The special counsel’s report on the Trump campaign’s “collusion” with Russia during the 2016 campaign is in. As expected, Robert Mueller and his team found no collusion and no obstruction of justice.
Those conclusions are the nut of a four-page summary of the report that Attorney General William Barr sent to Congress Sunday.
But the hate-Trump Left and Democrats on Capitol Hill will focus on one key line in the report to suggest that Trump must be guilty of something. The report, Barr wrote, does not “exonerate” the president on the obstruction question.
The Donald claimed victory; Democrats are livid.
The Justice Department received Mueller’s “Report on the Investigation into Russian Interference in the 2016 Presidential Election” on Friday.
Barr is still reviewing Mueller’s report, he explained in his summary to the chairman and ranking members of the House and Senate Judiciary committees, but he believes “it is in the public interest” to release its “principal conclusions.”
The report has two parts, Barr wrote, one dealing with so-called collusion, the second with obstruction of justice.
The first describes the results of the Special Counsel's investigation into Russia's interference in the 2016 U.S. presidential election. The report outlines the Russian effort to influence the election and documents crimes committed by persons associated with the Russian government in connection with those efforts. The report further explains that a primary consideration for the Special Counsel's investigation was whether any Americans — including individuals associated with the Trump campaign — joined the Russian conspiracies to influence the election, which would be a federal crime. The Special Counsel's investigation did not find that the Trump campaign or anyone associated with it conspired or coordinated with Russia in its efforts to influence the 2016 U.S. presidential election.
Barr quoted the report on that last note directly: The “investigation did not establish that members of the Trump Campaign conspired or coordinated with the Russian government in its election interference activities.”
So much for the “collusion” the Trump-Deranged left has been squawking about since the Electoral Armageddon.
Mueller and his team found “two main Russian efforts to influence the 2016 election,” Barr wrote. The first involved “disinformation and social media operations in the United States designed to sow social discord, eventually with the aim of interfering with the election.”
But Mueller investigators did not find any American “or Trump campaign official or associate” in cahoots with the Russians “in connection with these activities.”
The second effort involved computer hacking to purloin and peddle information to affect the election. Mueller and his team found that “Russian government actors successfully hacked into computers and obtained emails from persons affiliated with the Clinton campaign and Democratic Party organizations, and publicly disseminated those materials through various intermediaries, including WikiLeaks.” And Mueller “brought criminal charges against a number of Russian military officers" for the hacking, Barr wrote.
But again, Mueller “did not find that the Trump campaign, or anyone associated with it, conspired or coordinated with the Russian government in these efforts, despite multiple offers from Russian-affiliated individuals to assist the Trump campaign.”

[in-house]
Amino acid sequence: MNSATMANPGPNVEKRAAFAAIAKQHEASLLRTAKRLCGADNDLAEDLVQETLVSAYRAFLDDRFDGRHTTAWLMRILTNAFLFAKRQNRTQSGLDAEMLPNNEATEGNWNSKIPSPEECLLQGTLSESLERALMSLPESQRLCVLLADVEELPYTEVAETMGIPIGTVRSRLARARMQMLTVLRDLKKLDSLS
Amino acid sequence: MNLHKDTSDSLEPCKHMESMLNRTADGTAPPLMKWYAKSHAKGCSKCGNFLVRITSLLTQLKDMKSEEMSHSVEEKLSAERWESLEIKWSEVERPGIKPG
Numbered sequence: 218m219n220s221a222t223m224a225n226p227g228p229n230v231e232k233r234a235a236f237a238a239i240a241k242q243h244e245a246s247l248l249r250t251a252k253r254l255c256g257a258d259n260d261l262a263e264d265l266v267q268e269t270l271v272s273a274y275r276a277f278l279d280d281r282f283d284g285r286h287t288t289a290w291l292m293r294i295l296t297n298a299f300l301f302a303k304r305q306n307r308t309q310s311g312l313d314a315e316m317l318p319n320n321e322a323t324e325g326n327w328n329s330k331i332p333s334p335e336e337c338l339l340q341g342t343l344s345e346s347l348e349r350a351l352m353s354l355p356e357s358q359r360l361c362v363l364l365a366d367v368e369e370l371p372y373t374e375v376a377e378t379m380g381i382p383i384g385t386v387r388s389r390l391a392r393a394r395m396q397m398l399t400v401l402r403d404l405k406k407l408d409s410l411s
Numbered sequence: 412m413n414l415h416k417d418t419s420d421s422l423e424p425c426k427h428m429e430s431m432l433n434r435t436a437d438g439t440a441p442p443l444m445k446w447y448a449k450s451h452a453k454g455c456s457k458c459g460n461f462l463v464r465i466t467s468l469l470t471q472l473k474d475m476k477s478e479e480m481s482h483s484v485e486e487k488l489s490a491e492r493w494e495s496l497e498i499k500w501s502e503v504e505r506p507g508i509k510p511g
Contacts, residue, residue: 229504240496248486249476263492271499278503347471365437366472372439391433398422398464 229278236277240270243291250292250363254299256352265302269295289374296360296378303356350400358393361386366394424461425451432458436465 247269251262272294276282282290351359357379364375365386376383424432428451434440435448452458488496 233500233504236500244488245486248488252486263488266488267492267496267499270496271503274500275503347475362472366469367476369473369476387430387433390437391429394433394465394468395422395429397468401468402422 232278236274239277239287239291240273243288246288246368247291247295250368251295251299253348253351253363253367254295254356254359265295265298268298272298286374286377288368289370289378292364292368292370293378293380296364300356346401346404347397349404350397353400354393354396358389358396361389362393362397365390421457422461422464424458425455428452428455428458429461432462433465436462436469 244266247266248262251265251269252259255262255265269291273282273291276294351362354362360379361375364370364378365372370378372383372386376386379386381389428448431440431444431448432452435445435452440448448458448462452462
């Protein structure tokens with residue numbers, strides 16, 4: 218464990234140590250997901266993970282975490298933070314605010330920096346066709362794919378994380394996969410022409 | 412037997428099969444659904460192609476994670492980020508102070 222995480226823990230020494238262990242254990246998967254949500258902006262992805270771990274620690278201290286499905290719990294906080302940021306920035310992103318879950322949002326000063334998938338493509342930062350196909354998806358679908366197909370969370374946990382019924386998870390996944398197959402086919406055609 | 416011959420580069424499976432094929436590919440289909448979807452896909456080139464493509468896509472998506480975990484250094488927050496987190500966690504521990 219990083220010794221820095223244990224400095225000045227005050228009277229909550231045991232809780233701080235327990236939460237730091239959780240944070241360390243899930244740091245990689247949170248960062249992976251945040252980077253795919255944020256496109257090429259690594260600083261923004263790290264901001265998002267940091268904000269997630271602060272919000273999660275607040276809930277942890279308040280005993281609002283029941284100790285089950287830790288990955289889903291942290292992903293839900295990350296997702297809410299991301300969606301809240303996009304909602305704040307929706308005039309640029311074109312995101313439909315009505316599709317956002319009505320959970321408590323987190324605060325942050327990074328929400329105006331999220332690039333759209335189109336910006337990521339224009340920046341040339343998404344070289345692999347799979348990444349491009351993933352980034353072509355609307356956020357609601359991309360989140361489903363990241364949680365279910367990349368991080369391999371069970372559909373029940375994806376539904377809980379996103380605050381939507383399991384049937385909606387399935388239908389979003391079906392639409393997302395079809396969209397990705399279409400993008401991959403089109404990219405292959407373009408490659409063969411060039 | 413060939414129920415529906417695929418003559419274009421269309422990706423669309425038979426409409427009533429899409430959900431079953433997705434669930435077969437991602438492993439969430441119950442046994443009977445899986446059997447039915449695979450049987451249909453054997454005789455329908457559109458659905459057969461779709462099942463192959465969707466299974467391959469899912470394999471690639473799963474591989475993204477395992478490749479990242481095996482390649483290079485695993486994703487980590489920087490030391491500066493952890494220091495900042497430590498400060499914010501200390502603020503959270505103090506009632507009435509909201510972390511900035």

Nor did Mueller find evidence of a conspiracy, meaning any “agreement — tacit or express — between the Trump Campaign and the Russian government on election interference”
Which leads to the second part of the report on obstruction. Again, Mueller did not conclude that Trump obstructed justice, presumably in firing James Comey because the then-FBI director was probing the Russia business.
Rather, Barr wrote:
The report's second part addresses a number of actions by the President — most of which have been the subject of public reporting — that the Special Counsel investigated as potentially raising obstruction-of-justice concerns. After making a “thorough factual investigation” into these matters, the Special Counsel considered whether to evaluate the conduct under Department standards governing prosecution and declination decisions but ultimately determined not to make a traditional prosecutorial judgment. The Special Counsel therefore did not draw a conclusion — one way or the other — as to whether the examined conduct constituted obstruction. Instead, for each of the relevant actions investigated, the report sets out evidence on both sides of the question and leaves unresolved what the Special Counsel views as “difficult issues” of law and fact concerning whether the President's actions and intent could be viewed as obstruction.
Having reviewed Mueller’s work, Barr and Deputy Attorney General Rod Rosentstein “concluded that the evidence developed during the Special Counsel's investigation is not sufficient to establish that the President committed an obstruction-of-justice offense.”
Still, haters will focus on one line from Mueller vis-a-vis the obstruction issue: “While this report does not conclude that the President committed a crime, it also does not exonerate him.”
Representative Jerry Nadler, the New York leftist who runs the House Judiciary Committee, tweeted his intention to bring Barr before his committee, emphasizing that Mueller “did not exonerate” Trump.
Angry Democrats pointed to that line and demanded that the full report be released. Barr said he cannot release some material because the Federal Rule of Criminal Procedure forbids releasing some material.
For now, the attempt to undo the result of November 8, 2016 has stalled. But it will continue.
Photo of the attorney general's summary of Mueller's report: AP Images